We all have parts of our past that we would like to re-do, forget, or erase. Maybe you said something that hurt someone. Maybe you did something you regret. Maybe you can’t quite pinpoint what it is, but you just wish you could’ve done life differently. Well, me too.
This is my “I wish I could take it back” story. The one I worked so long and hard to hide. The one that kept me up at night in shame, and made me grit my teeth in regret.
This is something that 98% of you don’t know about me, and a little part of me still wants to keep it to myself. There is a little piece of me that says, “if you don’t write about it, no one would know and no one would blame you”.
But God would know.
And he wants me to share this with you.
He wants me to tell you that you are not defined by the mistakes you’ve made.
The shame you feel won’t last forever, but you have to give it up to him.
You feel alone now, but you don’t ever have to be alone in your pain.
He wants me to tell you that you. are. loved.
Just before I entered high school, my family went through a really rough time due to a mental illness of a family member. It surprised me. I was angry and confused. And I felt isolated from those around me. Between the stress of moving up to high school and the fear of the stigma that comes with mental illness, I felt secluded. Don’t get me wrong, socially I was fine at school and I had friends, but I didn’t let anyone in on what was happening at home and inside of me. I kept everyone an arms length away. I didn’t know who I could turn to or what I would say if I did talk to them. I not only feared the stigma, but I also feared being labeled. Would people treat me differently? I told myself that no one would understand and I firmly believed that.
My emotional scars formed and grew over time, and I guess I decided I needed some physical scars to match.
I wish I could remember the first time I decided to put a cold piece of metal to my skin, but I can’t. I tried really hard to remember but I just couldn’t do it. I think maybe I spent so long trying to move past it and forget it that I just lost a lot of details. But it doesn’t matter.
What does matter is that I remember what it felt like to know that it wouldn’t really help, but I did it anyway because I didn’t know what else to do. I remember that for a split second I felt in control, despite the lack of control I had in all the other seconds of my life. I remember the fear I felt when I realized that I could now be called a “cutter” or “self harmer” and I felt like that’s who I was. I remember that I never once contemplated taking my own life, but I just couldn’t seem to wrap my mind around the pieces of my life I felt like I was gathering up on a daily basis. I remember the regret that sat like rocks in my stomach for so long. I remember many times trying to tell someone, anyone, but physically not being able to form the words and spit them out.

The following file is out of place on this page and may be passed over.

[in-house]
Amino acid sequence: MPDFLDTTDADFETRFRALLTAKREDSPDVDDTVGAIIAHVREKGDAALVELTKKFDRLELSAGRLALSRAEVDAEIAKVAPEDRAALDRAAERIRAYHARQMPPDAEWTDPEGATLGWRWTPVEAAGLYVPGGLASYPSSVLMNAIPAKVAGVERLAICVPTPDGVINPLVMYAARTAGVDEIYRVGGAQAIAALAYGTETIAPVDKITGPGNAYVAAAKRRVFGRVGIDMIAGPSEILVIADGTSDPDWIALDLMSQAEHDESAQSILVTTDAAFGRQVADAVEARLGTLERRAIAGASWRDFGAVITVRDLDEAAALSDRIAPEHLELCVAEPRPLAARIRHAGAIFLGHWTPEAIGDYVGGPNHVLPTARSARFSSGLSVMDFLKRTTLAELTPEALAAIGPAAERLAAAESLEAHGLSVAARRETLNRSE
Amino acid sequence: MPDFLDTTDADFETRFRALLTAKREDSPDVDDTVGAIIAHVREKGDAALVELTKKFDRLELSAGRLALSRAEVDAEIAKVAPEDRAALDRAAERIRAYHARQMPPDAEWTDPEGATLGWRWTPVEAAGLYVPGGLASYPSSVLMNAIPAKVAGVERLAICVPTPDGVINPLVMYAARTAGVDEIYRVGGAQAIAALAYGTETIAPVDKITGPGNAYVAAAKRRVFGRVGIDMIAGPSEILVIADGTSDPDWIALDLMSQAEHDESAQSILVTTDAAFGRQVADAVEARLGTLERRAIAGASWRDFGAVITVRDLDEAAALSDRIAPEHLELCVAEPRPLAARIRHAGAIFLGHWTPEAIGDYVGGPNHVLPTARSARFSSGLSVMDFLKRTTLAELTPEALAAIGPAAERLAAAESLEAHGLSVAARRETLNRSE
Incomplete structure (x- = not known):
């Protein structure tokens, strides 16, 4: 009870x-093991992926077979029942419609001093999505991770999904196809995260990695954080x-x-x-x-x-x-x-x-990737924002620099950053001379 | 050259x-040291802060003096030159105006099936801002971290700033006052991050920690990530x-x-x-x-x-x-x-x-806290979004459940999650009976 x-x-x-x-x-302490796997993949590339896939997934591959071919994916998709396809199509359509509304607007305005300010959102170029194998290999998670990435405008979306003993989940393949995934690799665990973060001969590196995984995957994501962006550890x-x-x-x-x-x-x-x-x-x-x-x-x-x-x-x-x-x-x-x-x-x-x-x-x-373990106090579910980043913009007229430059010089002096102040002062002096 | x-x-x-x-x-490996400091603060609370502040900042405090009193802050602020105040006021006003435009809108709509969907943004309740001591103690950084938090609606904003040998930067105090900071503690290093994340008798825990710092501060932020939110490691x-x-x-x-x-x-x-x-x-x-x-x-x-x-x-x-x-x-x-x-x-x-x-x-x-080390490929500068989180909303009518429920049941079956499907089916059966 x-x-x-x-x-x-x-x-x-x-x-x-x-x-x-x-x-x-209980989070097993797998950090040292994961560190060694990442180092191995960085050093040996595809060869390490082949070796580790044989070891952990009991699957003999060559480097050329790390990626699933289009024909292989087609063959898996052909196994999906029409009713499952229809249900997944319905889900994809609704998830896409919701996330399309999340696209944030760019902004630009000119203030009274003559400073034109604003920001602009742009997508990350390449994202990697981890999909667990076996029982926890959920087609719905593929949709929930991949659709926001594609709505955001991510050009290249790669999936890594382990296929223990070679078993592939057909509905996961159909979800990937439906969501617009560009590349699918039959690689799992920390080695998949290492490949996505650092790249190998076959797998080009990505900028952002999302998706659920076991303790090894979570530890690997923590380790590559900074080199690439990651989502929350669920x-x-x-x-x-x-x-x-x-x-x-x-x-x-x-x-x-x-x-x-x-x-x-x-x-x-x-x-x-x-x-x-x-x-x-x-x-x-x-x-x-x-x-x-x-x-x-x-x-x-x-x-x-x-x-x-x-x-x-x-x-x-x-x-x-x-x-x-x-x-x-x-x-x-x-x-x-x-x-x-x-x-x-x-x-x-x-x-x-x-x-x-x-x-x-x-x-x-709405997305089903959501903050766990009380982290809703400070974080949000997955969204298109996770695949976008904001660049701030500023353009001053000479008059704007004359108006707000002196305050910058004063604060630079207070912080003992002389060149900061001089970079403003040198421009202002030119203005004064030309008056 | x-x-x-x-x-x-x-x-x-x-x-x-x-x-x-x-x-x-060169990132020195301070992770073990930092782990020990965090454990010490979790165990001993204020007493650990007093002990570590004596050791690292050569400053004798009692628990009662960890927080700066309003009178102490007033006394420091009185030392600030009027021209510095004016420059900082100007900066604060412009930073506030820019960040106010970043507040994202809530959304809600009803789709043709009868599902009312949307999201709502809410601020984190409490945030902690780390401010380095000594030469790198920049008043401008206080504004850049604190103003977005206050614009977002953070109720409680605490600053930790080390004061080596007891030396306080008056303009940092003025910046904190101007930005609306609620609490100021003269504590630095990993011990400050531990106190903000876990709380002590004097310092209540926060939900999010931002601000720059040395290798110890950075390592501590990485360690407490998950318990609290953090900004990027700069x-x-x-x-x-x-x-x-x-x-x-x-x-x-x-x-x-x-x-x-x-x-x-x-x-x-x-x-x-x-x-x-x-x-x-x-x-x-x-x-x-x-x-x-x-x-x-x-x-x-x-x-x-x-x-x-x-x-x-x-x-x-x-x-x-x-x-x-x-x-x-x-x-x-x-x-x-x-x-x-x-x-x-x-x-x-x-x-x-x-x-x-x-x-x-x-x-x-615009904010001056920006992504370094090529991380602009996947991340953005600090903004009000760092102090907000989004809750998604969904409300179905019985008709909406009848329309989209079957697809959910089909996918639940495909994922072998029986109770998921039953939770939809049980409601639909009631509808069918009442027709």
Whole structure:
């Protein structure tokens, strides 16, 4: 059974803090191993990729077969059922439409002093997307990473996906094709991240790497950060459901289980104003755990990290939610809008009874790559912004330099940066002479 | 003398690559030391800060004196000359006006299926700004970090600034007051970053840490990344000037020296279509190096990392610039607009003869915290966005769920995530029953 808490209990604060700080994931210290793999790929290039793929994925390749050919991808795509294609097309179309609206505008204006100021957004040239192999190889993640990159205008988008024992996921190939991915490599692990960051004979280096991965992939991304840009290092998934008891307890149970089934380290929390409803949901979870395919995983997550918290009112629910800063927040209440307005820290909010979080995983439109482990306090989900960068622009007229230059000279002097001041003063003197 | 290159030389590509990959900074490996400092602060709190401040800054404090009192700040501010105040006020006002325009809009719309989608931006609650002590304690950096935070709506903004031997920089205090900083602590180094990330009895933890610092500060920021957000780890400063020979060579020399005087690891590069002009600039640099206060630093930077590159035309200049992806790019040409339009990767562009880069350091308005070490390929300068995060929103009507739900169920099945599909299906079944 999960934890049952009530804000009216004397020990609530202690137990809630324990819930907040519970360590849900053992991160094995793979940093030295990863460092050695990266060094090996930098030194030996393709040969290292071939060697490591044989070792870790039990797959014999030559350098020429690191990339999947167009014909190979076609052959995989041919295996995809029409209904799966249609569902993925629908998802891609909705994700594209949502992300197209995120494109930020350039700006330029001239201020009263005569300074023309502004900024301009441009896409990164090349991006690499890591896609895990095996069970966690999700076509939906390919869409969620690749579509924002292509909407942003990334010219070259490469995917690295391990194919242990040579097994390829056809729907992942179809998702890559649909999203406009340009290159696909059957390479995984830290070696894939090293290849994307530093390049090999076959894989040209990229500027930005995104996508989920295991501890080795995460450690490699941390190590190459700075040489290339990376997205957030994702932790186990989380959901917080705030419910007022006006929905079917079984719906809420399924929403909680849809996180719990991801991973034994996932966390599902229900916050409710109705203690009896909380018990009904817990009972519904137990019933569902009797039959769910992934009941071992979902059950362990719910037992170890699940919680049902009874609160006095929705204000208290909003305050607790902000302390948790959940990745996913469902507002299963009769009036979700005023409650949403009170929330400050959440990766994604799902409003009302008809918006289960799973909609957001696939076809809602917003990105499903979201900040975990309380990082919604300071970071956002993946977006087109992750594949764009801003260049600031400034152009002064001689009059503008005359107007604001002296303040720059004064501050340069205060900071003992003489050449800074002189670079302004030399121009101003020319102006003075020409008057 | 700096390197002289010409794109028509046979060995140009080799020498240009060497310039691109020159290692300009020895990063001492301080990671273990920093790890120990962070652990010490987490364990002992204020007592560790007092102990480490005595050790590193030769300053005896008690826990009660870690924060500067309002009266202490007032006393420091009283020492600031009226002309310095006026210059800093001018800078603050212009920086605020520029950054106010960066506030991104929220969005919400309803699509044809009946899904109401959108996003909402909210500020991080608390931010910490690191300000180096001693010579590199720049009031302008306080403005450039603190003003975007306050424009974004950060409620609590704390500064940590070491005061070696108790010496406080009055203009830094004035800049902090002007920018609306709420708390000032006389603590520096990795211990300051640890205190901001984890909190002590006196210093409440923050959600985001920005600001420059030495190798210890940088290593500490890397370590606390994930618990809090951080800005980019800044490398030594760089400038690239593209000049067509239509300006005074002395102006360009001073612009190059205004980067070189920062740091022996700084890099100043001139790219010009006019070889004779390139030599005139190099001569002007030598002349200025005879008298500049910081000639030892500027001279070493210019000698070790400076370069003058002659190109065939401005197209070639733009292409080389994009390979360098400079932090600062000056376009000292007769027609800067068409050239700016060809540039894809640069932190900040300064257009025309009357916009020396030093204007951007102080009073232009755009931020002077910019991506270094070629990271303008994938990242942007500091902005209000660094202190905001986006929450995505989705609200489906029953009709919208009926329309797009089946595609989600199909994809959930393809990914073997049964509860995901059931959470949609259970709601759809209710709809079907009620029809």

I remember that the scariest part was that after a while it began to feel normal, like it wasn’t a big deal that I was harming myself intentionally.
Although I can’t pinpoint when or where it started, I can tell you exactly when it ended.
It was a Saturday and I was working at a local retail store like I always did on the weekends. About halfway through my shift, my manager came up to me and told me that my mom was waiting in the stock room and needed to talk to me. I thought that was strange because usually when she wanted to talk to me she just walked up to me in the middle of an isle like a normal customer. When I walked up to her I was smiling, but then I saw her face. And then I saw my grandma’s face.
I’m sure if I was holding something, it would’ve dropped out of my hands just as fast as the tears began falling to the worn out carpet under my feet. They told me that my best friend’s brother had passed away; I was shaken as I walked out to her car to leave. My legs felt like jelly and I sobbed the entire way.
As we mourned the loss with my friend and her family, God used that to shake me awake and say, “you aren’t really living right now”. He used it to open my eyes and tell me that he had much bigger plans for me than that. That night I sat in my bedroom floor weeping in repentance. I went through my things and disposed of the tools I had used, ridding my life of them. I decided that I couldn’t do that anymore, it just wasn’t a choice.
I realized just how bound up I had been living. I was living in chains that I had put on myself, and that was a harsh reality for high school me. I was redeemed by the blood of Jesus years before, but I wasn’t living like it and I sure didn’t think of myself as such. I thought of myself as my mistakes. I was a self harmer. I had equated my identity in what I had done and what was going on around me, but that was never how it was meant to be.
My identity lies firmly in the hands of God and nothing can change that. NOTHING.
Not what I do, what someone else has done to me, or what I will do in the future.
I am his.
I spent many hours, days, and nights repeating to myself Philippians 4:8. “Finally, brothers, whatever is true, whatever is honorable, whatever is just, whatever is pure, whatever is lovely, whatever is commendable, if there is any excellence, if there is anything worthy of praise, think about these things.”
For a long time after I quit, I still felt shame and guilt whenever I thought of what I had done and who I thought I was. But the more I meditated on these verses and let God teach me again who I was, the shame lost its hold on me. Guilt no longer came knocking on my door. I began to view myself more of a child of his than a mistake of his, and News flash: God doesn’t make mistakes.
John 8:36 says, “So if the son set you free, you are free indeed”.
I was set free from those mistakes and chains I had layered upon myself. I was set free from the identity I thought was mine. I was covered by grace that doesn’t falter under the weight of anything.